The Fidelity Security Group welcomes May’s Constitutional Court decision that finally clarifies the position of a firearm owner who possesses a firearm with an expired licence.
In 2016, the South African Police Services blocked such persons from renewing or applying for a new firearm licence if their licence had expired. Fidelity elected to challenge this policy in the Gauteng High Court and after an initial dismissal of its case, succeeded in the Supreme Court of Appeal. Thereafter the Minister of Police elected to approach the Constitutional Court to appeal the decision of the Supreme Court of Appeal.
On 27 May, the Constitutional Court dismissed the appeal of the Minister of Police and held that any firearm licence owner, be it a member of the security industry or a private individual may, after handing their firearm to the South African Police Services for safekeeping, submit a new licence application for that firearm, because they remain the owner of the firearm.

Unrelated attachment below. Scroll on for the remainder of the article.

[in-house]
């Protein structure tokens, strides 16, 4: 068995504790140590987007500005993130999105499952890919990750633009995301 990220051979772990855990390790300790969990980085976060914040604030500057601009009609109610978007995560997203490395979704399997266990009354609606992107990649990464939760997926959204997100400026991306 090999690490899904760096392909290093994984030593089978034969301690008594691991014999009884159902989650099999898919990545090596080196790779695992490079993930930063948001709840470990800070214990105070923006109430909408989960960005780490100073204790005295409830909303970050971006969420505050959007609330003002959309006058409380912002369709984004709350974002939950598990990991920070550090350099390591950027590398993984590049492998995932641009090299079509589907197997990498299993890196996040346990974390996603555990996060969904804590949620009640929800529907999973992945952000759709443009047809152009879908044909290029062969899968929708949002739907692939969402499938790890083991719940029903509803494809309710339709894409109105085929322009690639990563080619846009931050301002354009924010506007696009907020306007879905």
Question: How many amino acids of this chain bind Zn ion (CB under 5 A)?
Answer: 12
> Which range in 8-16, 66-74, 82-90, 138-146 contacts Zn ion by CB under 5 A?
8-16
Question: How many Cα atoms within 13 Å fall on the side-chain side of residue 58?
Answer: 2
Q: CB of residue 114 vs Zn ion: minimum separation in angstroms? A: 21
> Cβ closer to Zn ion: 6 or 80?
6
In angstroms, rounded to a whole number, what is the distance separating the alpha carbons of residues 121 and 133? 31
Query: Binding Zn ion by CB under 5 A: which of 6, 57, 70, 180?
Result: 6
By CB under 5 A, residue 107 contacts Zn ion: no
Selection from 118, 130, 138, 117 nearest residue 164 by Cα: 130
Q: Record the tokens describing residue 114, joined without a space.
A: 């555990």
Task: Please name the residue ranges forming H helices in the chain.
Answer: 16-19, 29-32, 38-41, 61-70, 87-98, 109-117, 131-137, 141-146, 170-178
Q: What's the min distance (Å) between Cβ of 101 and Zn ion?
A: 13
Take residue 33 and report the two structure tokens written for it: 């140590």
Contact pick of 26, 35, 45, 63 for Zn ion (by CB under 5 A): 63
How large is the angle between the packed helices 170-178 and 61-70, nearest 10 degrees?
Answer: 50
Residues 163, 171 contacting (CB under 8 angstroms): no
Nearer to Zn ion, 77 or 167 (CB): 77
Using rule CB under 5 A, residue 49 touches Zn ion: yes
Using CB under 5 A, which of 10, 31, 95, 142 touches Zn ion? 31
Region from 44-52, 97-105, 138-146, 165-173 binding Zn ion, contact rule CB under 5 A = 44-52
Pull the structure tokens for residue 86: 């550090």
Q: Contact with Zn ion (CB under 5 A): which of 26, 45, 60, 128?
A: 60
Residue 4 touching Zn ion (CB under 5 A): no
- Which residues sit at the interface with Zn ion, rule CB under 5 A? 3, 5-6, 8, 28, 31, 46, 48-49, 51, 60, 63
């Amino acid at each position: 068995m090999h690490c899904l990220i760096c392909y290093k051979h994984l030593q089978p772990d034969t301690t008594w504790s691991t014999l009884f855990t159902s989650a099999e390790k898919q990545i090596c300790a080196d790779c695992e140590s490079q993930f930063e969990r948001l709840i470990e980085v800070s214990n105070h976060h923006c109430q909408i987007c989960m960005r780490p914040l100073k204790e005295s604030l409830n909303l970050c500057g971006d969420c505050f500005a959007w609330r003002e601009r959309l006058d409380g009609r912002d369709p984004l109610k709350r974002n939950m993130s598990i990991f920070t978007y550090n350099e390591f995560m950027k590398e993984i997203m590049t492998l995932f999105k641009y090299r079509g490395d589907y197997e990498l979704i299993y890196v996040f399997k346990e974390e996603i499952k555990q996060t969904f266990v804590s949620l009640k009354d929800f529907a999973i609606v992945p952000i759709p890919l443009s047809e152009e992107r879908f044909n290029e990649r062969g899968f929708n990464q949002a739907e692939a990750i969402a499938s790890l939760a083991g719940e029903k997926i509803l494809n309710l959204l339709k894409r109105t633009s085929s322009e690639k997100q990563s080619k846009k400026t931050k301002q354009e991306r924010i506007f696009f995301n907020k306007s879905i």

This court judgment does not only apply to Fidelity, but to all persons who have expired firearm licences.
Fidelity elected to challenge the policy of the South African Police Services to not allow new applications for expired licences because it believed such policy to be in contravention of the Firearms Control Act and contrary to the constitutional right to own property as set out in Section 25 of the Constitution. The Constitutional Court has now confirmed that Fidelity was correct in its legal challenge to such policy.
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